“We don’t see where the power thing is any solution at all,” Chuck Casto told his colleagues from Tokyo. In all likelihood, water damage had rendered some of the circuitry and instrumentation inside the reactors and control rooms unusable. (As it turned out, they were partly right. Even after the Unit 2 power panel was energized, it took another six days before crews could even turn on the lights in the main control room. But the availability of off-site power eventually enabled workers to switch from fire engines to electrically powered temporary pumps for delivering water to the reactor cores.)

A week after the accident, radiation levels were still so high that sending in workers to make the necessary connections and repairs to the installed equipment would be difficult if not impossible. No one had yet even been able to get close enough to the damaged buildings to map the areas of highest radiation, vital information if human workers were to be dispatched to the site. Readings from the fire truck indicated those radiation levels were deadly, however.

On the phone Casto sounded exhausted—and exasperated. His colleagues at White Flint knew he was running full-out. “Right now he’s basically a 24/7 individual,” Jim Wiggins explained in a briefing. “He’s getting very little sleep, and he’s holding up, but not for long.” Casto’s days—and nights—were filled with meetings, and his to-do list never seemed to get shorter. The U.S. Embassy staff was struggling to devise a contingency plan in case radiation levels rose enough to threaten Tokyo and the embassy itself had to be evacuated. Casto was being pressured for accident scenarios and dose calculations he didn’t have.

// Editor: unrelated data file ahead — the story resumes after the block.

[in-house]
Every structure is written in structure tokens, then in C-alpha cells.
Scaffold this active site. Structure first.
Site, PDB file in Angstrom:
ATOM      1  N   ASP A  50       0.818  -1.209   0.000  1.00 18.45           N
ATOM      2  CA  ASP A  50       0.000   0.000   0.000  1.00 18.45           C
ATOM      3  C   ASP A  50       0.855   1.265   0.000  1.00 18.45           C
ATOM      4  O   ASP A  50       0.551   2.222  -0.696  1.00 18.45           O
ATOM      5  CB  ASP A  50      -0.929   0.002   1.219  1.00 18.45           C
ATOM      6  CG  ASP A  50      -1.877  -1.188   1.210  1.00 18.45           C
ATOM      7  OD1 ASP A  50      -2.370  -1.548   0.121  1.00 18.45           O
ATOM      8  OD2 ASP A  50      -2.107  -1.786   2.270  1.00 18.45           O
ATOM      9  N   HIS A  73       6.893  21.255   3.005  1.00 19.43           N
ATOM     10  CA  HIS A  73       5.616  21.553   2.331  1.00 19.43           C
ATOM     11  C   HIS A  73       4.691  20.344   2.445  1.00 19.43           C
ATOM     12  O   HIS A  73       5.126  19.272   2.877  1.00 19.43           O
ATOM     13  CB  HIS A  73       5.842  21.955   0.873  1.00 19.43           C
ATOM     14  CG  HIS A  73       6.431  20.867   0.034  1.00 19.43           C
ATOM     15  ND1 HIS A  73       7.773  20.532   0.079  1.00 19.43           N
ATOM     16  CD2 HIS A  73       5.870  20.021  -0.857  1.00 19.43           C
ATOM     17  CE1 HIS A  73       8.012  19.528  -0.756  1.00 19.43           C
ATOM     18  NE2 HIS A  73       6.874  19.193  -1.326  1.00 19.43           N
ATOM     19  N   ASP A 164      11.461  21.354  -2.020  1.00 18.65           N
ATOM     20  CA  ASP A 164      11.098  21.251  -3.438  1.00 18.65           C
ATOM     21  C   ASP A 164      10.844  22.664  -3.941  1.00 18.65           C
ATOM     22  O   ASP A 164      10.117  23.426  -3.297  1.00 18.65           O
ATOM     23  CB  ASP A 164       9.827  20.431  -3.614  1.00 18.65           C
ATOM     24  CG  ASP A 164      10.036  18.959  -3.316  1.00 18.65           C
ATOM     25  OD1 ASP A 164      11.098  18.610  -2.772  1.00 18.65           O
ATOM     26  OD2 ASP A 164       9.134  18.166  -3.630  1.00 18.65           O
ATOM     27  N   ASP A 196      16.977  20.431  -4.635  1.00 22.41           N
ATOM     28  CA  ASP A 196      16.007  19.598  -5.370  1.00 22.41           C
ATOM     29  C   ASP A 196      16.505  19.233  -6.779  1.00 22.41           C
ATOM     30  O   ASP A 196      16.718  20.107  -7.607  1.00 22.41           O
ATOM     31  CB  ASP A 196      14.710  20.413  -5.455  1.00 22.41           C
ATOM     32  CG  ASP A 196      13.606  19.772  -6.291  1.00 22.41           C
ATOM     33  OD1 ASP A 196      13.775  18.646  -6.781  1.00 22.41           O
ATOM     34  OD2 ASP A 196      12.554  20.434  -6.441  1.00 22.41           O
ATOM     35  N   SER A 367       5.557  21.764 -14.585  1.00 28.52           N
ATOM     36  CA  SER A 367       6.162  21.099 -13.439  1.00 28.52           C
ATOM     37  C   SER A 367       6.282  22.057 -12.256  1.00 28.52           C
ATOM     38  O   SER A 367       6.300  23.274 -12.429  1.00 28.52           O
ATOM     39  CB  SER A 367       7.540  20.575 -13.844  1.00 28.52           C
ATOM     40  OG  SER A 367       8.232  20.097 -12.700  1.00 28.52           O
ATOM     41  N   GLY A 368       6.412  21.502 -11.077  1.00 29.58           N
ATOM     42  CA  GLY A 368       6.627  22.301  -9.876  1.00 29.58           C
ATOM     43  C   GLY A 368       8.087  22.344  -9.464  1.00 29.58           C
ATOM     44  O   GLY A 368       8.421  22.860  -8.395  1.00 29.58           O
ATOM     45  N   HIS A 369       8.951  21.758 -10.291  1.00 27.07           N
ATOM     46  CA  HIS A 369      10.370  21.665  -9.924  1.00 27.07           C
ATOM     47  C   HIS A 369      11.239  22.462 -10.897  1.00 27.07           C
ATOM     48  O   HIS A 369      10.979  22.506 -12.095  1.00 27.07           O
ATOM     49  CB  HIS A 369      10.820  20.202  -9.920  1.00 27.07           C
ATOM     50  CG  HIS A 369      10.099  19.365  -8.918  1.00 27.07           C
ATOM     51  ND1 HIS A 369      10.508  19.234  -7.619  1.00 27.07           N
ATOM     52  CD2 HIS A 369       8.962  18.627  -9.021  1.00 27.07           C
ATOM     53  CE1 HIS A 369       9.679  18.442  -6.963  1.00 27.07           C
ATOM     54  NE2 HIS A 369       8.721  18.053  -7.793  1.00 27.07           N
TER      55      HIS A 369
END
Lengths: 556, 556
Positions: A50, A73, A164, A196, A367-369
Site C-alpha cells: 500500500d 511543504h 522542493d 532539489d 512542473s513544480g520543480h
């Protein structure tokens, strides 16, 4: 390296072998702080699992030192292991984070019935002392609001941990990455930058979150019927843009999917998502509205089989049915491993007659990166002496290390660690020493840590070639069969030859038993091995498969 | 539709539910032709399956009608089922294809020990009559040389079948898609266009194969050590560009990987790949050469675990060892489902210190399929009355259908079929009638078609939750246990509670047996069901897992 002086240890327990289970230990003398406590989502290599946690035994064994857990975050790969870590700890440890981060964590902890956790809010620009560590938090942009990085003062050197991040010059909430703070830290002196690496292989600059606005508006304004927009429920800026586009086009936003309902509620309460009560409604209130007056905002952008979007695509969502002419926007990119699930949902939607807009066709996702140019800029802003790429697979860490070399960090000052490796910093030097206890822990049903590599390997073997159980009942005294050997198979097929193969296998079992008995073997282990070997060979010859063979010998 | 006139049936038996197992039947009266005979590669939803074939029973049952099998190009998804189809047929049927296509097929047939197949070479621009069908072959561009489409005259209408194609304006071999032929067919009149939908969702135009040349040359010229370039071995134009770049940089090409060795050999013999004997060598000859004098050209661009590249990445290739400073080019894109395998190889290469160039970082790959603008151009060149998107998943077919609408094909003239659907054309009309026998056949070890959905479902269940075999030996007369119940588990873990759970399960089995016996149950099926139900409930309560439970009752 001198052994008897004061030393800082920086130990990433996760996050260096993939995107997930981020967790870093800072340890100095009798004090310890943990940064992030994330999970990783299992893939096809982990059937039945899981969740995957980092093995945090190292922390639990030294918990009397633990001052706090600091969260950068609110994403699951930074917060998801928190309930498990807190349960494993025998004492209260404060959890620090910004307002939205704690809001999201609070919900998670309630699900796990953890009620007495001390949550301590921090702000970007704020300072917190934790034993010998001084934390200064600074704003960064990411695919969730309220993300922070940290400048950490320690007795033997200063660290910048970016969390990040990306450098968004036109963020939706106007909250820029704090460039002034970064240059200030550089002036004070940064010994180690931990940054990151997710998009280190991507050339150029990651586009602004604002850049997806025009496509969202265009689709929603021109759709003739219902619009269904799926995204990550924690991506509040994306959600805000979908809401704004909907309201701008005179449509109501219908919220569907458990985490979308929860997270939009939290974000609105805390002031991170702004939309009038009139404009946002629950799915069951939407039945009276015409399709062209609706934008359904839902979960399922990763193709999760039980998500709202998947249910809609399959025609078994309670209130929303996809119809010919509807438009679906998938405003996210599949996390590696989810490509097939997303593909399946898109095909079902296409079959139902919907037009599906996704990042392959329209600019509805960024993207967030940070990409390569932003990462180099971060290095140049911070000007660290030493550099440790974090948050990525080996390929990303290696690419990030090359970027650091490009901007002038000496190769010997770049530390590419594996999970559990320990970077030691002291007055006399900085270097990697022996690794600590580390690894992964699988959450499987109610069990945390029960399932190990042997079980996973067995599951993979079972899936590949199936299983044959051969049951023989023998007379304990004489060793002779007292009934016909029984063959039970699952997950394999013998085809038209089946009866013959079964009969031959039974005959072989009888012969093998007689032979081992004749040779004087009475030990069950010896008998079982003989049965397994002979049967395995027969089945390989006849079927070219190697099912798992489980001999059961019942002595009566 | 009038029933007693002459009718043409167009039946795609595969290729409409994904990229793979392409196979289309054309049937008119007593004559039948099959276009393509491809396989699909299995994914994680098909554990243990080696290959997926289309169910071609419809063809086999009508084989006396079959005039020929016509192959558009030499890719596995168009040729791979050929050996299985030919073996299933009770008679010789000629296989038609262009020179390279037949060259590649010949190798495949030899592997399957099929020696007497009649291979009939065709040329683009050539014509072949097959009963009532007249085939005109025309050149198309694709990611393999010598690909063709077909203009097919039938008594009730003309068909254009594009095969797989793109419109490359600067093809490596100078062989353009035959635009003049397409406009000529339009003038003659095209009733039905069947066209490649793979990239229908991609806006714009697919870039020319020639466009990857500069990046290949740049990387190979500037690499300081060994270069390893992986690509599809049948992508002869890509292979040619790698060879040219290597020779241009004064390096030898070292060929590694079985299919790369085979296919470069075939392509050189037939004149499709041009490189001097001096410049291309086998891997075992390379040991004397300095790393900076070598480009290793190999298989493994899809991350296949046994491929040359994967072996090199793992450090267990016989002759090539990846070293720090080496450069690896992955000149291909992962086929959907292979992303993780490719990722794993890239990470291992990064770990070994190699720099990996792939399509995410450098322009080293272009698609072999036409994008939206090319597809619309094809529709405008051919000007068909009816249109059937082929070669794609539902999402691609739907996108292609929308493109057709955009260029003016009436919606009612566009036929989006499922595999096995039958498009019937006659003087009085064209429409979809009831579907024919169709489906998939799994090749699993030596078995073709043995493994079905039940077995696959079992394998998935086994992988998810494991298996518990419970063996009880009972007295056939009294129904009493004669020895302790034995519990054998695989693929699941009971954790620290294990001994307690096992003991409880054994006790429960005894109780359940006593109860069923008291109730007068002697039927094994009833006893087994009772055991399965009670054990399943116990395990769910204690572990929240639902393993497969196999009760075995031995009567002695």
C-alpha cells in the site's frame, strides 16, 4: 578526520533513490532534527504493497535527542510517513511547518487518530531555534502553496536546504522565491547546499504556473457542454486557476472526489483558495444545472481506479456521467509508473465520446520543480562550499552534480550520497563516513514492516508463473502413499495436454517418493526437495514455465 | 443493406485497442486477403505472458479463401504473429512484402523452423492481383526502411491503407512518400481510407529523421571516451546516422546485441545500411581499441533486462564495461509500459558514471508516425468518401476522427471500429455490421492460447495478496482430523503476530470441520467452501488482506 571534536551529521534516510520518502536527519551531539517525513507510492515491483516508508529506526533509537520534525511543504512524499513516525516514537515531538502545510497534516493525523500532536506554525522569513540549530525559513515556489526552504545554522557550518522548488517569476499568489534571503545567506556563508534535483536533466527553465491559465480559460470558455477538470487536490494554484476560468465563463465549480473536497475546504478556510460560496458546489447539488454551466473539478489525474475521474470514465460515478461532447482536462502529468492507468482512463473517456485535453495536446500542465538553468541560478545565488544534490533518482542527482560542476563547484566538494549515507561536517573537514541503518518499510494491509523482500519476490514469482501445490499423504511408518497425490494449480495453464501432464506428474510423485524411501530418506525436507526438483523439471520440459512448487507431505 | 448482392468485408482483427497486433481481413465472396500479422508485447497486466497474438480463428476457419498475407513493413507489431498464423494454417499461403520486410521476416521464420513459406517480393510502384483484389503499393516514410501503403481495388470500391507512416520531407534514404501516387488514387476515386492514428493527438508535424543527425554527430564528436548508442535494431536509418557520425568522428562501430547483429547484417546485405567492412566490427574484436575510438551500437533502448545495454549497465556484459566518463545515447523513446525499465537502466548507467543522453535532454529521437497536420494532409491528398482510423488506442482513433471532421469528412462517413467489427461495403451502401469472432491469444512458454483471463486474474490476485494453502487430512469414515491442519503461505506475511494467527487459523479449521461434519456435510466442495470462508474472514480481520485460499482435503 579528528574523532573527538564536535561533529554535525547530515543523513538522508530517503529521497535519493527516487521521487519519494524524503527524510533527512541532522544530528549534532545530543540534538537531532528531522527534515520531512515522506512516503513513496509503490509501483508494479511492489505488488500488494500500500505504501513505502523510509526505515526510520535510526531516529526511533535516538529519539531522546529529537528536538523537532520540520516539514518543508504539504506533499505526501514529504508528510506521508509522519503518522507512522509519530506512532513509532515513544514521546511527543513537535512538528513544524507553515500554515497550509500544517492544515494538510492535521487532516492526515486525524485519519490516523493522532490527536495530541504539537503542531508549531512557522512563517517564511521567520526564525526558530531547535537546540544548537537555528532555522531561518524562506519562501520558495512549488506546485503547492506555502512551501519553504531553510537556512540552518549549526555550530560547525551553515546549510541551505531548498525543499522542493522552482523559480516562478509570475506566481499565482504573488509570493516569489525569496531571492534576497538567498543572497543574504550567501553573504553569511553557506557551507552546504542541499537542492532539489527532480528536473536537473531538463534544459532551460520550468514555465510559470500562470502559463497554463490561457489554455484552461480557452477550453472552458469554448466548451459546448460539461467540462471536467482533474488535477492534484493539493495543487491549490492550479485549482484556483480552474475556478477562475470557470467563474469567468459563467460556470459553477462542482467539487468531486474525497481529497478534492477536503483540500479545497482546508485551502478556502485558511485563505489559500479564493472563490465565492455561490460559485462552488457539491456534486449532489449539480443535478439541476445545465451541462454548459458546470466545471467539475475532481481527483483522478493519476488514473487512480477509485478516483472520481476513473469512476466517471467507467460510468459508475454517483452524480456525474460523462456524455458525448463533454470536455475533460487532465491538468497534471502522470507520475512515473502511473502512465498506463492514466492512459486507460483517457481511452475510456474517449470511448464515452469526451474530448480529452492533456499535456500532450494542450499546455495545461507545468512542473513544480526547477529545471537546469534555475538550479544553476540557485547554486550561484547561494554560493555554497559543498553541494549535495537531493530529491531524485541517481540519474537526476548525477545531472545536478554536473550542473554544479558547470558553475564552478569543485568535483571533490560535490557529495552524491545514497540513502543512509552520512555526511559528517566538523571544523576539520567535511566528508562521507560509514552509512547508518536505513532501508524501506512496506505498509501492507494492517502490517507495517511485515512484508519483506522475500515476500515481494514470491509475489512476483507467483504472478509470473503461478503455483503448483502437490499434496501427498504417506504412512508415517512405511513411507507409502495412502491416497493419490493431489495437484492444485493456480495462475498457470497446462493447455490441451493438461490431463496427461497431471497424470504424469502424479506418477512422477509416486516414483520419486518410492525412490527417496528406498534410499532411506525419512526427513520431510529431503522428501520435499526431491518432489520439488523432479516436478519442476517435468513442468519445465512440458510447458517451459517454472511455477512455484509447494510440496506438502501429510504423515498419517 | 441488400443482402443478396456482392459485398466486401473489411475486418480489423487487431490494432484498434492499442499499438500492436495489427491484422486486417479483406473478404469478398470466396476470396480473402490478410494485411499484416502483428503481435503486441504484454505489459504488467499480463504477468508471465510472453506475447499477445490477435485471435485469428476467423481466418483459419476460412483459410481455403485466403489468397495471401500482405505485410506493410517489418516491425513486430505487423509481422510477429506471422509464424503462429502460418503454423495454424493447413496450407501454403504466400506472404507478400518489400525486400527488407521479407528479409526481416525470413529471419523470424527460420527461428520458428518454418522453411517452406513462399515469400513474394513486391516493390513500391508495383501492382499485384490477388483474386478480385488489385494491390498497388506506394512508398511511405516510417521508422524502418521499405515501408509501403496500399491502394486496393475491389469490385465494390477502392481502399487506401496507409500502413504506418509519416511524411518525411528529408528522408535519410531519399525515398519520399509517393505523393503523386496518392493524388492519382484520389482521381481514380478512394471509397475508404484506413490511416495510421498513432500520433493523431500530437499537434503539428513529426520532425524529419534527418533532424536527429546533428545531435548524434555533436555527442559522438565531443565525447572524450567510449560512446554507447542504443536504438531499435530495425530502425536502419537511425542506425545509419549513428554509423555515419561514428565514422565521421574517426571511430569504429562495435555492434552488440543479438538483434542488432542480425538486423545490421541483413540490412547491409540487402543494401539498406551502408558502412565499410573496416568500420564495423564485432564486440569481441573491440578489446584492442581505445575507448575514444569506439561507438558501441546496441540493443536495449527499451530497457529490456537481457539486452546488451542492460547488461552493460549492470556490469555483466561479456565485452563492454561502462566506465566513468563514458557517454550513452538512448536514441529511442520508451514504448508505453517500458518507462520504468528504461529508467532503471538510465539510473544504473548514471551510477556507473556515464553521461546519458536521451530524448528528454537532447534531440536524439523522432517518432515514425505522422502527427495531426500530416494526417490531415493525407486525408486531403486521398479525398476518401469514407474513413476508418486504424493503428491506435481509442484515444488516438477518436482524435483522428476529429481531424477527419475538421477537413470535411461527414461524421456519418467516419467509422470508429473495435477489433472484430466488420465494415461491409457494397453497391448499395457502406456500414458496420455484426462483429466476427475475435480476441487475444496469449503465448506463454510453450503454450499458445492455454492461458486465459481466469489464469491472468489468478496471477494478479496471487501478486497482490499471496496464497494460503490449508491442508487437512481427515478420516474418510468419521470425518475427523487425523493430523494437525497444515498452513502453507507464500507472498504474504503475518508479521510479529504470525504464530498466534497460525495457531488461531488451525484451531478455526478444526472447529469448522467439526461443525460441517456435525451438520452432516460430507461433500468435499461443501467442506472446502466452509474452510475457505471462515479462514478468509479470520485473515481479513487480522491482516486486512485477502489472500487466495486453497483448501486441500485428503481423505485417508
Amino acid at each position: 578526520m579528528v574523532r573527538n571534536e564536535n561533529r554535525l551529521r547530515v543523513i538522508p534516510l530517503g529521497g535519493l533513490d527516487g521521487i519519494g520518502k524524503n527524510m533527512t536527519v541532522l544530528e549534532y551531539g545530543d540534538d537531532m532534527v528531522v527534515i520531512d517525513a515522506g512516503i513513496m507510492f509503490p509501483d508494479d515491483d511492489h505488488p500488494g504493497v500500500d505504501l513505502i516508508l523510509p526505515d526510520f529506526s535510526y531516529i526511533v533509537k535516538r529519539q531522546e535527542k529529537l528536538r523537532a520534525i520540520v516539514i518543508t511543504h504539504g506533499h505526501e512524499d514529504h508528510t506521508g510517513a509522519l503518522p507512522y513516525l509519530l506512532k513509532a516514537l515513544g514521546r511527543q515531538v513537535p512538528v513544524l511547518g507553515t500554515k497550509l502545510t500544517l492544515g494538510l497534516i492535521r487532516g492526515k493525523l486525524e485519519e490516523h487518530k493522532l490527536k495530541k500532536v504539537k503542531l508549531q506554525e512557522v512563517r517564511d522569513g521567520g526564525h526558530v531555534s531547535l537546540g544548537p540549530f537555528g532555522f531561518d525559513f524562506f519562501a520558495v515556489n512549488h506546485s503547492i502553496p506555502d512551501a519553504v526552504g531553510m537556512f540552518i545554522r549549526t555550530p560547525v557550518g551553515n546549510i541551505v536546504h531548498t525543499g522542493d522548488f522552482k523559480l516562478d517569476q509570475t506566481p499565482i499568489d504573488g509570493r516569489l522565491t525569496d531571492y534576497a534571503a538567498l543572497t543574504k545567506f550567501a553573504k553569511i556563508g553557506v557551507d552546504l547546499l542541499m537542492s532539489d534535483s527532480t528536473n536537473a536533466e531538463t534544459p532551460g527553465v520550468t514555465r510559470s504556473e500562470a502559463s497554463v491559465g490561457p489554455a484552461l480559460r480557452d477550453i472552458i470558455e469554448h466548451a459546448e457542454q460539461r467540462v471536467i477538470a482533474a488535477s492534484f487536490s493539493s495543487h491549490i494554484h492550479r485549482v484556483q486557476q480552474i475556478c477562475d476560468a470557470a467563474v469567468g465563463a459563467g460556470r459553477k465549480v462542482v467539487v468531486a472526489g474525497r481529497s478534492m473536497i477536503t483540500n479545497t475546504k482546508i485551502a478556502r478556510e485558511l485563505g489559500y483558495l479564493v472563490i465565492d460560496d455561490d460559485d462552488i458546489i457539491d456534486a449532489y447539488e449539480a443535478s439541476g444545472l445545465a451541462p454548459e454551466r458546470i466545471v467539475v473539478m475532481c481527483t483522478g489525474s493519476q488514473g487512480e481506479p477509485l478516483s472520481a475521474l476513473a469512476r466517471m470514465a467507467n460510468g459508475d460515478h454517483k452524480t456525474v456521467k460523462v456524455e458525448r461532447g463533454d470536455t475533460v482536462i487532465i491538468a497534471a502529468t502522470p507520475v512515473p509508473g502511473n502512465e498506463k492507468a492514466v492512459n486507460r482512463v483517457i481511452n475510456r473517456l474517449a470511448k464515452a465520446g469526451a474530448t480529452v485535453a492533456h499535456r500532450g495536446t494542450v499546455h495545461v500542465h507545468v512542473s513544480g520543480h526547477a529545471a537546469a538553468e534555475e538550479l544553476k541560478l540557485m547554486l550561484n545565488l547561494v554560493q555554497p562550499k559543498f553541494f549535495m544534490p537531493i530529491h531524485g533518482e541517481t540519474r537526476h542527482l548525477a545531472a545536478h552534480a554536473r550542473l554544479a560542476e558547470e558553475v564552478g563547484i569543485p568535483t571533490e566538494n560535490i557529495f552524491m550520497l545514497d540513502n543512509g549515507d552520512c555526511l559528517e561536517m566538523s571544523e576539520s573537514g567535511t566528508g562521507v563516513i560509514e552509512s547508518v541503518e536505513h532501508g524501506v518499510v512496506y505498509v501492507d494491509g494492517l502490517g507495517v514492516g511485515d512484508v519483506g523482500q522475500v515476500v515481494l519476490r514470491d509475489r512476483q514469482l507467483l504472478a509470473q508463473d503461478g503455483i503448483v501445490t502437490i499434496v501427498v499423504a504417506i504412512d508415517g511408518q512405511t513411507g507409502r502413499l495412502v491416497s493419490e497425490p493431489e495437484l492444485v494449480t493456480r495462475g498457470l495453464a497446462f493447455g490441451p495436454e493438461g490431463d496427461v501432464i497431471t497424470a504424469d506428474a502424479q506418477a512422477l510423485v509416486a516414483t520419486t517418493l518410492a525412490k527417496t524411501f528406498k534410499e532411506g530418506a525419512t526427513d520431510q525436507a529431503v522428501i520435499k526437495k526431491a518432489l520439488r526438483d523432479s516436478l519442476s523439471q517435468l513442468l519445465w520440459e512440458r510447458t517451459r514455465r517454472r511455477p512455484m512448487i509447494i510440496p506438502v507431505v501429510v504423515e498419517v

Nor did the NRC at White Flint, for Fukushima was exposing huge gaps in the agency’s ability to provide useful advice in real time for protecting people during a nuclear accident. The decades of stylized accident computer simulations were proving of little help in interpreting the events that had already happened in Japan, much less making credible predictions. As a result, everyone was scrambling to come up with high-confidence assessments of how bad the accident was and how much worse it could get.

Marty Virgilio, who was manning the overnight shift at White Flint, assured Casto that the NRC’s Protective Measures Team was working on the dose estimates. “We’re developing calculations to see what we think would be the worst case and the best case with respect to radiation levels in your neighborhood,” Virgilio explained. “That would be fantastic,” replied Casto. The team was aware that the French Embassy, concerned about the levels of radioactive iodine reported in Tokyo, had recommended that French nationals evacuate the Tokyo region. Ambassador Roos might well be wondering if the French knew something that he didn’t.